Often people ride the sidewalk going opposite direction to the normal traffic flow, which presents a problem for vehicles pulling out of driveways or coming up to intersections. As car drivers, what direction do we first look when approaching a cross road? Usually to the left. That is where we expect vehicles to be coming from. We don’t expect a cyclist to be approaching from our right side, so we might not see them until it is too late, particularly if they are moving with any speed. Even with same direction traffic, a cyclist on the sidewalk is out of a motorist’s normal field of view and vulnerable to collision when the car turns onto a cross street and the cyclist enters that street. (no matter which direction they are riding) See diagrams
There have been studies done showing that it can be twice as dangerous riding on the sidewalk than riding on the road.
The other reason for not riding on a sidewalk is for pedestrian safety and comfort. Don’t underestimate the potential to harm a pedestrian with a bicycle. Even if you have complete control of your bicycle and don’t hit anyone, it makes some pedestrians (particularly the elderly) nervous having to share a sidewalk with a bike.
One of the challenges that many communities have  is that the roads are not safe for cyclists due to a lack of bike lanes or wide shoulders, debris, poor pavement and high speed motor traffic, so people elect to use the sidewalk.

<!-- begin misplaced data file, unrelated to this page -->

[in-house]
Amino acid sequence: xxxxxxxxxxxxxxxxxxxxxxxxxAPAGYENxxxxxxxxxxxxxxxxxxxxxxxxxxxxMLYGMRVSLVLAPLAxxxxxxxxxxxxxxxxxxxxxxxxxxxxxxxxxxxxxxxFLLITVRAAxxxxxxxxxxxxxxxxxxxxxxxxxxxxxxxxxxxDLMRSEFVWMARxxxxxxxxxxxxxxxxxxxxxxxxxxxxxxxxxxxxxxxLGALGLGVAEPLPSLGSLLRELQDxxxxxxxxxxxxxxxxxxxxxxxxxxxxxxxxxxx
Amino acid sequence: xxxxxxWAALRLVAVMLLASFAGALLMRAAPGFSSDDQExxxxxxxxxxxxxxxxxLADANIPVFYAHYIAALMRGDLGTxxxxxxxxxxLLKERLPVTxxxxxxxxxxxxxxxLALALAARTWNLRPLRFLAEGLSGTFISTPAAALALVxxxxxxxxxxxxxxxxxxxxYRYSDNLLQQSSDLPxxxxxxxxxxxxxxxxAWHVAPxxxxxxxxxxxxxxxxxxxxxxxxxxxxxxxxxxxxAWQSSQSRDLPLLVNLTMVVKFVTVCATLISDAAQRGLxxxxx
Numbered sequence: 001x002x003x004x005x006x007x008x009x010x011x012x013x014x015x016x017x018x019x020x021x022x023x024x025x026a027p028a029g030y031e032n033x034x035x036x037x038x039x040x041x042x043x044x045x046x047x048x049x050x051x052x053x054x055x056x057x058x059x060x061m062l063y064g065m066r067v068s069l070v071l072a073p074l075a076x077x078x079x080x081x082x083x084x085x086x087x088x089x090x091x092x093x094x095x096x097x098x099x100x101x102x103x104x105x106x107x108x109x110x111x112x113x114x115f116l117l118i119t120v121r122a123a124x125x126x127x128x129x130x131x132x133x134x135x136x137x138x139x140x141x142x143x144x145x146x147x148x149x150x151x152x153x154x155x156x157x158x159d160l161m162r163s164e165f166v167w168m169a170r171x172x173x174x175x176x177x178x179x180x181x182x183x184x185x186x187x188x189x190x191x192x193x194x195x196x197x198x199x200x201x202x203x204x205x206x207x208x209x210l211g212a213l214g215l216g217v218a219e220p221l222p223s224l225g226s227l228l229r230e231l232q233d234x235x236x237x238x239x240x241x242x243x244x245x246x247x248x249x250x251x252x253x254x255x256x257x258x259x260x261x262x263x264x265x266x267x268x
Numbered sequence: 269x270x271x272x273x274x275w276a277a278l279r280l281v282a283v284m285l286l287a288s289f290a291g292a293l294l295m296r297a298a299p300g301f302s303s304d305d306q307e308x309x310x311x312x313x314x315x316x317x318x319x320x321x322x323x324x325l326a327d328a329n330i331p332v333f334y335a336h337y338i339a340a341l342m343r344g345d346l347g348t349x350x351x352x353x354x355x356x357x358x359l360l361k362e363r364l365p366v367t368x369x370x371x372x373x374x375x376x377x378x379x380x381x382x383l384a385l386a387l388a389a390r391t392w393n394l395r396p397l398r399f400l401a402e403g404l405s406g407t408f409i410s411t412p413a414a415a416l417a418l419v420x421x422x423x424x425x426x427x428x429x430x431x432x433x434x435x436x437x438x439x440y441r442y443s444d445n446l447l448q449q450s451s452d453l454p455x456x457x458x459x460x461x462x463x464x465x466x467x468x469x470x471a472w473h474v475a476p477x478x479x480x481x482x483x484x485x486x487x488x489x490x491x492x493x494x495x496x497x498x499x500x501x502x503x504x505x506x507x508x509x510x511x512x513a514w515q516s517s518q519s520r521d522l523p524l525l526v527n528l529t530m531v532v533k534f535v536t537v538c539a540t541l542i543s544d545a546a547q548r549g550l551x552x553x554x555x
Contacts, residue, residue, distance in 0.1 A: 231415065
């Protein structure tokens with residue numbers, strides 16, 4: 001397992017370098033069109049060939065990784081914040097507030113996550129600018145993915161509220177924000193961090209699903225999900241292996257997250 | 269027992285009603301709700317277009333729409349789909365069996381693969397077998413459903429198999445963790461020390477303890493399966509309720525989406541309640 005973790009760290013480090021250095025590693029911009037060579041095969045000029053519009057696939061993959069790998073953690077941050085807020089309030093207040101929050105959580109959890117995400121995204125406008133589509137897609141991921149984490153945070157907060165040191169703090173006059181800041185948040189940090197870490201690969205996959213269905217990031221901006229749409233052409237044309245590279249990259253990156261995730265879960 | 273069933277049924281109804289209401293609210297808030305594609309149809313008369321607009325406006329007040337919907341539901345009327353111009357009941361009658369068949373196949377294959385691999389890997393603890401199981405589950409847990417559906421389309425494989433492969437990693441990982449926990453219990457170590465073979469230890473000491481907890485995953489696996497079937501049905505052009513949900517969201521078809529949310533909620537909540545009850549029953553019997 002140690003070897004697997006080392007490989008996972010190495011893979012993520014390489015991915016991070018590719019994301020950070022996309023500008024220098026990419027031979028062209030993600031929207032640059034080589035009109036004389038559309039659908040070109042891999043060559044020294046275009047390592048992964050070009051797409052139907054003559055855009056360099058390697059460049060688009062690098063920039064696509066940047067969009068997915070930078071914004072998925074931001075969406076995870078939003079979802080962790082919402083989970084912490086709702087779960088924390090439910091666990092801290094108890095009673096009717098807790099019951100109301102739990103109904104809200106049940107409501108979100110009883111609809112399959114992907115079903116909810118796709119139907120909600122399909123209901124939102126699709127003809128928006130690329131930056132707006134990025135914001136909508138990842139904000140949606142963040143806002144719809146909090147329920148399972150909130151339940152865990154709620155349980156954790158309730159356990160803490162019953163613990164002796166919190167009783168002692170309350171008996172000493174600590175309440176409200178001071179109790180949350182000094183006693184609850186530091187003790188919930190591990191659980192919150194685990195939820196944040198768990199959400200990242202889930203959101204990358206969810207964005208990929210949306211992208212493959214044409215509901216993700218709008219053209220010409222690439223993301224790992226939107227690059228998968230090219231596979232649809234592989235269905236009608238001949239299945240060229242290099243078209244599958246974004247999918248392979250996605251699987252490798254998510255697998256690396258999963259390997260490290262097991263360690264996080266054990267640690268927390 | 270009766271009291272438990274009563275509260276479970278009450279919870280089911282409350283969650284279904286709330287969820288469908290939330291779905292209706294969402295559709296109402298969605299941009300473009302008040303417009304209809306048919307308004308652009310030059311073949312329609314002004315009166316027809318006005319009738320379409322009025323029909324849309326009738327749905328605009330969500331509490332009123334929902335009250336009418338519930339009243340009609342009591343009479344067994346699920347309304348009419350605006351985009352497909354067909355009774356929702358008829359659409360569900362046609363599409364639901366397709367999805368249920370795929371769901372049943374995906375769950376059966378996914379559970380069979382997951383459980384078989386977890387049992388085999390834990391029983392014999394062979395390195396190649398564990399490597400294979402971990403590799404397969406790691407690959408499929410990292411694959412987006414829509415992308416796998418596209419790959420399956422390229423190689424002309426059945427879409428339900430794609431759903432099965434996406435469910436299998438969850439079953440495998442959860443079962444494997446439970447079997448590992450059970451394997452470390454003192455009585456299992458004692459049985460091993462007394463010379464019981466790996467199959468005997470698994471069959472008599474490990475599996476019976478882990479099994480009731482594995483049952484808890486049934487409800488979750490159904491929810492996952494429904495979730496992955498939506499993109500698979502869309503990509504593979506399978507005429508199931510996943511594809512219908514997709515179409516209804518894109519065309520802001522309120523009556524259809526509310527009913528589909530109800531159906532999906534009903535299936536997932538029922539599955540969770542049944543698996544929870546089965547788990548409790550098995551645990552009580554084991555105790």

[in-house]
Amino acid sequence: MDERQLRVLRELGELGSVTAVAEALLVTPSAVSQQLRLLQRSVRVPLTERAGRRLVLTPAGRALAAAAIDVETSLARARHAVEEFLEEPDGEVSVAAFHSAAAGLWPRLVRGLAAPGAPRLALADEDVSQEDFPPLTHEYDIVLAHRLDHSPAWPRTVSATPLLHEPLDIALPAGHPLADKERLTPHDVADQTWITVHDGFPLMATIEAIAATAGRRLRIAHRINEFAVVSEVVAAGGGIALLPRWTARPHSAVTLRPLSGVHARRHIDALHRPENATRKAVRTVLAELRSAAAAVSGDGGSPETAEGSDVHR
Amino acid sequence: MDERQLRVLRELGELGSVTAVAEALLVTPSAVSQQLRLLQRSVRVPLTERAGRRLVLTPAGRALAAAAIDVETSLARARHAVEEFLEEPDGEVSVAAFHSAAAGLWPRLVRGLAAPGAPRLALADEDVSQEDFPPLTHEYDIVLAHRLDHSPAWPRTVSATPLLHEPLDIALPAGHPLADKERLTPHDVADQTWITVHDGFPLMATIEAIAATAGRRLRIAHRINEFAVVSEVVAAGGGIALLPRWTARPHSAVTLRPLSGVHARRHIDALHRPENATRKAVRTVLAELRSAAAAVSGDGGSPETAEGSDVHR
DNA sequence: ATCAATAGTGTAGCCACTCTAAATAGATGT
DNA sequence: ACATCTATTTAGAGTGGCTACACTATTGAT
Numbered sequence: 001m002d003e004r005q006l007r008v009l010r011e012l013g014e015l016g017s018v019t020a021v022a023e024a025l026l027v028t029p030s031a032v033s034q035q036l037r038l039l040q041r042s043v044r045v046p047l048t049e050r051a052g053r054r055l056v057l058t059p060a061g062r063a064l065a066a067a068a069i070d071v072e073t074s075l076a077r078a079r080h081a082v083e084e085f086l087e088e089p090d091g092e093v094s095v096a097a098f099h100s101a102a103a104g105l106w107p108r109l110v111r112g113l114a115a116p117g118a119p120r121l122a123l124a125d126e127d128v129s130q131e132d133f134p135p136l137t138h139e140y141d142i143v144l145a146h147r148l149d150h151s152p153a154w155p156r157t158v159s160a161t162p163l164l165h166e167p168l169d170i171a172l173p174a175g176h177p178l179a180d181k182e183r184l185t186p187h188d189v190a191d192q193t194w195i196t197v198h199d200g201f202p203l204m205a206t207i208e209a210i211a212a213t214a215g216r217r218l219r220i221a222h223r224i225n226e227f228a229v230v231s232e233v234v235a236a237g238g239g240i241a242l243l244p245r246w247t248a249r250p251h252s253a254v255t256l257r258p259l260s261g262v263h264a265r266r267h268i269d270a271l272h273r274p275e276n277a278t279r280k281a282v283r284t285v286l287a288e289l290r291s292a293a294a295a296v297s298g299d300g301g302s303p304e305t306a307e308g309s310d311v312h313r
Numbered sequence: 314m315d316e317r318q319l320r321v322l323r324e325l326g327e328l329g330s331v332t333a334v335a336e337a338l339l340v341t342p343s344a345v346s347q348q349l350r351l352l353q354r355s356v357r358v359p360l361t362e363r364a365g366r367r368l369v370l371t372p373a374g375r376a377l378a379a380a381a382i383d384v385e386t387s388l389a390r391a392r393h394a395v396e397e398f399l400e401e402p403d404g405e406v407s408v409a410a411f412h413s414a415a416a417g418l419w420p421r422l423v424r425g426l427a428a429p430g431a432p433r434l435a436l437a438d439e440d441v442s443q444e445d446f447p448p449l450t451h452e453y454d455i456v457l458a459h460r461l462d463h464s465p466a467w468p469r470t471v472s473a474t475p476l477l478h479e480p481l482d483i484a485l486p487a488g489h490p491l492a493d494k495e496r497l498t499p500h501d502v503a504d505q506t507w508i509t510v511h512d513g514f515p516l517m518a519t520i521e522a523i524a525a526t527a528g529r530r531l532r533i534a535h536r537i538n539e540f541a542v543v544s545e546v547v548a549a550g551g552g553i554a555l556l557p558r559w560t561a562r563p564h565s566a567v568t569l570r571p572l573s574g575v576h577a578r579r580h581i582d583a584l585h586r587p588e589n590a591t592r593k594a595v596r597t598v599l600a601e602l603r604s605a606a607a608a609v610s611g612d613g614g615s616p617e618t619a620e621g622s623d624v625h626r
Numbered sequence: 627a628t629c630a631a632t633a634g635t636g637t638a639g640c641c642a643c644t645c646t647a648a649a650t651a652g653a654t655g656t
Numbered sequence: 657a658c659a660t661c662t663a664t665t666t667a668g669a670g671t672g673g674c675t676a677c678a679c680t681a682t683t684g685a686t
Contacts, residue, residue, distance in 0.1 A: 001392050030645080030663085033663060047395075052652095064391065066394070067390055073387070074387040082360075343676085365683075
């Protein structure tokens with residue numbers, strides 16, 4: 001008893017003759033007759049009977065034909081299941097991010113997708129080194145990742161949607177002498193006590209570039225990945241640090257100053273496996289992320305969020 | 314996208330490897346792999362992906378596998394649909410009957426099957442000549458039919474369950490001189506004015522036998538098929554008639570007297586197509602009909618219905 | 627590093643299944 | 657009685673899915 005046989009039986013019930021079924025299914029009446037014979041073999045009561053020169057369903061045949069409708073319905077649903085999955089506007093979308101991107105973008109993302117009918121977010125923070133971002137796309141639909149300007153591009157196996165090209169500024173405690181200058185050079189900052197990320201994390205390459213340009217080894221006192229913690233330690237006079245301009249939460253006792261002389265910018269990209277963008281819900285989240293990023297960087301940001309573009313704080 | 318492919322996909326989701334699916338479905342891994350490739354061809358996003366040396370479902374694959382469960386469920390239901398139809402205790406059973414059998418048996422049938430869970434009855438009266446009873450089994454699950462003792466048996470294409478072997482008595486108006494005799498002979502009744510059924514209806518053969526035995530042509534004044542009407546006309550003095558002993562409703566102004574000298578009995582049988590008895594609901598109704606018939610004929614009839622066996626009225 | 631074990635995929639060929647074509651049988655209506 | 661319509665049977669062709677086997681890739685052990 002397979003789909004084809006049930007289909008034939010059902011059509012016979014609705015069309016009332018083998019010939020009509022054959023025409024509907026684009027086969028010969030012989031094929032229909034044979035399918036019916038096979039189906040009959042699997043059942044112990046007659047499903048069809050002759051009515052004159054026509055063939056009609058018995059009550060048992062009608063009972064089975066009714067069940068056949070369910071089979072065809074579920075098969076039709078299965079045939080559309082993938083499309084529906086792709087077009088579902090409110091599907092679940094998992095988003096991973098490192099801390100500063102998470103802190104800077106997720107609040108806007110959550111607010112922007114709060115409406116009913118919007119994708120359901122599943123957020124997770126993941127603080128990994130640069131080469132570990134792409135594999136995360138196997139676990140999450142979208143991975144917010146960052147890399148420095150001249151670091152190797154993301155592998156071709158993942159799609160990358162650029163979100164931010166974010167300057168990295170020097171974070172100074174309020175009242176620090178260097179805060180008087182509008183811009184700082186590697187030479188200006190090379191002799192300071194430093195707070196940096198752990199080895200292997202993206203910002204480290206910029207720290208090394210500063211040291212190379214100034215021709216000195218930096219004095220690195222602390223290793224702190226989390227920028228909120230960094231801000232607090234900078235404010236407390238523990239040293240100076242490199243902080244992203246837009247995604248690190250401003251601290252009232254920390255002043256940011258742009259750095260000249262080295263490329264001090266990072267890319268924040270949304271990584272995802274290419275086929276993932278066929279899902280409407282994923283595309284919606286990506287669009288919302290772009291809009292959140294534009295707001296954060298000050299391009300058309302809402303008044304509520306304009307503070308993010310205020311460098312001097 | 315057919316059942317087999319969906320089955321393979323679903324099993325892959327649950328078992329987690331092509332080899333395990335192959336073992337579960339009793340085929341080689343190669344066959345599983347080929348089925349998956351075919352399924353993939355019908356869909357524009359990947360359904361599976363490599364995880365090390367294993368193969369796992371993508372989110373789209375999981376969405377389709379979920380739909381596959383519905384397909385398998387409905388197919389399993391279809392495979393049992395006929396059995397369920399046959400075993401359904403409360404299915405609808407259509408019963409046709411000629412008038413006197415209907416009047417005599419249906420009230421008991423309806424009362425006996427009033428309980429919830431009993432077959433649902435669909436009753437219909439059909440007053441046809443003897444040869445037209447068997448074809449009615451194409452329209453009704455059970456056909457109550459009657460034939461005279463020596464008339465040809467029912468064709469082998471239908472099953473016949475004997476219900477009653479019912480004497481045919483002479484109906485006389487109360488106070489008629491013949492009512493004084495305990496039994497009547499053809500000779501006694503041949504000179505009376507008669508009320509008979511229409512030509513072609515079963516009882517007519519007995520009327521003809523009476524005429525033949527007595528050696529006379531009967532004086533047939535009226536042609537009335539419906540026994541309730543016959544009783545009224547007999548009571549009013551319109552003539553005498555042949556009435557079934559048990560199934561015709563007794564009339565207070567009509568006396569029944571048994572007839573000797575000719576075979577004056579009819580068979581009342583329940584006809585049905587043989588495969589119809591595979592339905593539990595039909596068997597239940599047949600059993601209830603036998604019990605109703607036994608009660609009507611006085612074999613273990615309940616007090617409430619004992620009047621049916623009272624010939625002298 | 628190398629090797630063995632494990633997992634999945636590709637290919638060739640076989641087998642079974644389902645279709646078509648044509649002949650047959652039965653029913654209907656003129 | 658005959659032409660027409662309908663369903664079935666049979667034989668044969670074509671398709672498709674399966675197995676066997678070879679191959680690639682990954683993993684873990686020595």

Some municipalities have bylaws that allow cyclists with wheel diameters of 24” or less to use the sidewalk (i.e.; children’s bikes).  Even with good bike lanes or shoulders it might not be a good idea to let your child ride on the road due to traffic volume, speed etc.
There are also times when a cyclist wants to ride a very short distance down the road, but in order to follow traffic flow they would have cross the line of traffic, only to cross back again a very short distance later. This puts them in much more danger than simply staying on the sidewalk to go against the traffic flow and getting to their destination in a much more direct line. (I certainly do this at times) After all, it is a bicycle and should have some more flexibility and advantage over driving a car!